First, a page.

Treating pneumonia 

Mild cases of pneumonia can usually be treated at home with antibiotics and plenty of rest and fluids. More severe cases may need hospital treatment.

Treatment at home

You may continue to cough for two to three weeks after finishing your course of antibiotics, and feel tired for even longer, as your body continues to recover.

Tell your GP if your symptoms don't get better within two days of starting treatment. Your symptoms may not have improved because:

  • the bacteria causing the infection may be resistant to antibiotics your doctor may change to a different antibiotic, or may start treating you with a second antibiotic while you continue to take the first one
  • a virus may be causing the infection, rather than bacteria  antibiotics have no effect on viruses, and your body's immune system will have to fight the viral infection by creating antibodies

Treatment in hospital

You may need hospital treatment if your symptoms are severe. This includes antibiotics and fluids given intravenously through a drip, or oxygen to help breathing.

In very serious cases of pneumonia, breathing may need to be assisted through a ventilator in an intensive care unit (ICU).

Read more about the complications of pneumonia.


The steps below may help ease your symptoms.

You can take painkillers such as paracetamol or ibuprofen to relieve pain and reduce fever. However, you should not take ibuprofen if you:

Cough medicines are not recommended. Coughing lets you clear mucus from your lungs, so trying to stop your cough could make the infection last longer.

Also, there is little evidence that cough medicines are effective. A warm drink of honey and lemon can help relieve the discomfort caused by coughing.

Drink plenty of fluids to avoid dehydration, and get plenty of rest to help your body recover.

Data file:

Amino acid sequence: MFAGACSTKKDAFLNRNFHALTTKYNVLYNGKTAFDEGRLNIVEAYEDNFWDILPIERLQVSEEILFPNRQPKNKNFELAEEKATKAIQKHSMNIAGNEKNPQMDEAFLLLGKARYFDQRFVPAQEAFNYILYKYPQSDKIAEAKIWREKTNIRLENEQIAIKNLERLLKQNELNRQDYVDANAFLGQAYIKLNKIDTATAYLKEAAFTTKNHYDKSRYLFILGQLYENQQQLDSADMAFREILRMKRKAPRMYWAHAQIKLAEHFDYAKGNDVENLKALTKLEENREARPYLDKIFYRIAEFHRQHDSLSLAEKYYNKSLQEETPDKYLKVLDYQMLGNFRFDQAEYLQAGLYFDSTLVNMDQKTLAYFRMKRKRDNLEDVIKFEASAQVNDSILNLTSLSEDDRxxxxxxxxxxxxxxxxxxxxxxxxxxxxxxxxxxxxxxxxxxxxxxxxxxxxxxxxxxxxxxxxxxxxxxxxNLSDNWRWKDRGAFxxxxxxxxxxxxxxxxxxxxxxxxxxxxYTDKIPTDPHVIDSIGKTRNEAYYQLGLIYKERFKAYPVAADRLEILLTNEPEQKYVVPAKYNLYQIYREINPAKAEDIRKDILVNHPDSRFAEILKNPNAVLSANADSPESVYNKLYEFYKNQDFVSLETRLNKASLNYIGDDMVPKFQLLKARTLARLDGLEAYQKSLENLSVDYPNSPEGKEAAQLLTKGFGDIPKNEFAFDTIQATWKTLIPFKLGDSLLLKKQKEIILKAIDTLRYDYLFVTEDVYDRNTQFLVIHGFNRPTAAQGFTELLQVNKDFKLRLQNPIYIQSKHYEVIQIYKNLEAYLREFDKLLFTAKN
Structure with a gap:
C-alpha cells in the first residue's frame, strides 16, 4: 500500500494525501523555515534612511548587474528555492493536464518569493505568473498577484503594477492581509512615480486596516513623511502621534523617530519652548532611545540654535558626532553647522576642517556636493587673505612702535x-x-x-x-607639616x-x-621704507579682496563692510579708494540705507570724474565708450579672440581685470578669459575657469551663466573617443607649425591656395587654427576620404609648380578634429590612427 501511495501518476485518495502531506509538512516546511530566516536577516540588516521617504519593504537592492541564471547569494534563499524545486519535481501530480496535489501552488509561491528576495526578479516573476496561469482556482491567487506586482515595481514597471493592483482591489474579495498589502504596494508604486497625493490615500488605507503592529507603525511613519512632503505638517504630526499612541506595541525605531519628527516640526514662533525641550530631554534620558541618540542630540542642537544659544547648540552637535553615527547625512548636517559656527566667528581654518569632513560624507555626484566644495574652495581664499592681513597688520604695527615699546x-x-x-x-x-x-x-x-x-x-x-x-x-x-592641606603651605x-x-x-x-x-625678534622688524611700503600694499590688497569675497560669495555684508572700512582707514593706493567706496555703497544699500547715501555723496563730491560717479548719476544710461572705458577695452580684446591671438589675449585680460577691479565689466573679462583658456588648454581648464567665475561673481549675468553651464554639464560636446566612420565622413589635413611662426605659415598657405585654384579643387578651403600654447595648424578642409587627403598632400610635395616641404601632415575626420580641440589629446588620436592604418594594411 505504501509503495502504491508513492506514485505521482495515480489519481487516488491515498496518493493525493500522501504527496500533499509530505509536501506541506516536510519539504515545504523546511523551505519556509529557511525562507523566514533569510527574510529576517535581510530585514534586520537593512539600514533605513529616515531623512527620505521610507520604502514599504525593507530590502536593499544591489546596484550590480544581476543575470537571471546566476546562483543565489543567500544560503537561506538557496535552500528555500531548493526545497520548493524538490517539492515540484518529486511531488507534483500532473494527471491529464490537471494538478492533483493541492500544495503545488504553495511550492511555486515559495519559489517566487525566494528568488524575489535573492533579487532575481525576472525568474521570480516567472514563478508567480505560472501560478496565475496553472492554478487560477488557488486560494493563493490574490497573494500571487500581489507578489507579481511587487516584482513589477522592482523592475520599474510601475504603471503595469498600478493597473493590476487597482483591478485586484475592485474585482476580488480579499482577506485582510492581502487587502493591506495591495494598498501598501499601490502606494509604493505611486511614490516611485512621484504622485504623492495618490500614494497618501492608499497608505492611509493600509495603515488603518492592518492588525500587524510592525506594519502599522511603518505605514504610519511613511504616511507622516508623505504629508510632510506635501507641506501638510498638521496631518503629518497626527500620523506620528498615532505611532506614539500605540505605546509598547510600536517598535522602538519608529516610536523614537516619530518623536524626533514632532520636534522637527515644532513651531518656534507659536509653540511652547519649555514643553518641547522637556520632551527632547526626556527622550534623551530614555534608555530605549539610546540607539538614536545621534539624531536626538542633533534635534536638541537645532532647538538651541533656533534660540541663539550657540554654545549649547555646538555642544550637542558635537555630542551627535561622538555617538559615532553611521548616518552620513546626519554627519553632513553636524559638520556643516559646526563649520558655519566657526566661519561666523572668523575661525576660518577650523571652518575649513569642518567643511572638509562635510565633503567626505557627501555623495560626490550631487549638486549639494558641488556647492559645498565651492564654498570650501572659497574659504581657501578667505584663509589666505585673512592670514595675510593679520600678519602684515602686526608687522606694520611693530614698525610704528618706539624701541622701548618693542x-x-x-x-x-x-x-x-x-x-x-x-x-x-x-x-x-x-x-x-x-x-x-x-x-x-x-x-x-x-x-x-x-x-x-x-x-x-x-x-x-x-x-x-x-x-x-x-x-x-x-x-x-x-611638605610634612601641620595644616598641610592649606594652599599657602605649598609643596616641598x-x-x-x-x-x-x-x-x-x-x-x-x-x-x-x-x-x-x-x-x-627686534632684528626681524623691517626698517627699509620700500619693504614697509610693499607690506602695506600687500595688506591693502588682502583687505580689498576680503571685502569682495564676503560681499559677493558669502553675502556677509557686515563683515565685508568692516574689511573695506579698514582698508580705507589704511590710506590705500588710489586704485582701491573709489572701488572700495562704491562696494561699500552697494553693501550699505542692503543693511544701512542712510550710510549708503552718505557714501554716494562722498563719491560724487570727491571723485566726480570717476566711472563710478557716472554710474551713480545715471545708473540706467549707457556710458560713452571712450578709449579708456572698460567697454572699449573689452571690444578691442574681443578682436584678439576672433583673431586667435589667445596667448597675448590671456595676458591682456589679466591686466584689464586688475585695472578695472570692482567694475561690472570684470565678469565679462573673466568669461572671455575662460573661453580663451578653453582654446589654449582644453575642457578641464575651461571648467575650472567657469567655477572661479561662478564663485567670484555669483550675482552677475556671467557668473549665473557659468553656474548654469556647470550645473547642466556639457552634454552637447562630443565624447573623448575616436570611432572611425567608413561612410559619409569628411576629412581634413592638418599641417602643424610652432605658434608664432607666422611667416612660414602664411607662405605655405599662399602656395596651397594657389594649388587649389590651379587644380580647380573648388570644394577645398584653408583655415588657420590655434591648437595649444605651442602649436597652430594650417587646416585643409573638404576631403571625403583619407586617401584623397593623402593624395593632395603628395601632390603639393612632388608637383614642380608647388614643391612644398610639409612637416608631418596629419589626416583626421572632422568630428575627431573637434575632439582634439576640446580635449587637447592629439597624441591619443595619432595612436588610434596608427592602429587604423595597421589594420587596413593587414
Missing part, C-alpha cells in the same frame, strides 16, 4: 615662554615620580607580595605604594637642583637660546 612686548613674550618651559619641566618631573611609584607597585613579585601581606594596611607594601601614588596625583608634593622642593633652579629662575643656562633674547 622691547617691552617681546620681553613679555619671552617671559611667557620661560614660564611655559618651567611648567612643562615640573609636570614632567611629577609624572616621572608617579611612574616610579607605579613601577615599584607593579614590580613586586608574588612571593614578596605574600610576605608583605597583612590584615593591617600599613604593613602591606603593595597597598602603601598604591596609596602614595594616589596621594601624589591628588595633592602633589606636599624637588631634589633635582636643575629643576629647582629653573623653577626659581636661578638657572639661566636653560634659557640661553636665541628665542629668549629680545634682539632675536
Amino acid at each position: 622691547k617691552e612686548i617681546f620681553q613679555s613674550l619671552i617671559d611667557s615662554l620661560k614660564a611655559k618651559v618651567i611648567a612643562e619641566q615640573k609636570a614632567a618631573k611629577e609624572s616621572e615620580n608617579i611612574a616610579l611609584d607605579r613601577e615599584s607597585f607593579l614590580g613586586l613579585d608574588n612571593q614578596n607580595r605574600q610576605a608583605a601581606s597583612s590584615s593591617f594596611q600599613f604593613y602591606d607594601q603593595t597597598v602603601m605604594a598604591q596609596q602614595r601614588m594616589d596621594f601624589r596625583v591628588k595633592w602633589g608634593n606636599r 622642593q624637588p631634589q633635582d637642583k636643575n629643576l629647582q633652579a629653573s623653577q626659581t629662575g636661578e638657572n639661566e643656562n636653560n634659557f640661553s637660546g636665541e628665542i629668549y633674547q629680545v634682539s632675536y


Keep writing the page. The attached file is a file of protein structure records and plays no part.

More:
If you smoke, it's more important than ever to stop, as smoking damages your lungs. Read information and tips on how to stop smoking.

Pneumonia is not usually passed from one person to another, so it is safe to be around others, including family members. However, it is sensible for those with weakened immune systems to avoid a person with pneumonia until they start to get better.

Once your symptoms improve, it may take a while for you to fully recover, and your coughing may continue for some time. Speak to your GP if you are concerned.

After treatment

Your GP will probably ask to see you again around six weeks after you start your antibiotics.

In some cases, they may arrange follow-up tests, such as a chest X-ray, if:

  • your symptoms have not improved
  • your symptoms have come back
  • you smoke
  • you are over the age of 50

Some people may be advised to have vaccinations against flu or pneumococcal infections after recovering from pneumonia. Read more about preventing pneumonia.

Aspiration pneumonia

If you have breathed in an object that is causing your pneumonia, it may need to be removed.

The doctor may do this by using a tube to look into the airways in your lungs, and then removing the inhaled object. This is called a bronchoscopy.

Page last reviewed: 19/06/2014

Next review due: 19/06/2016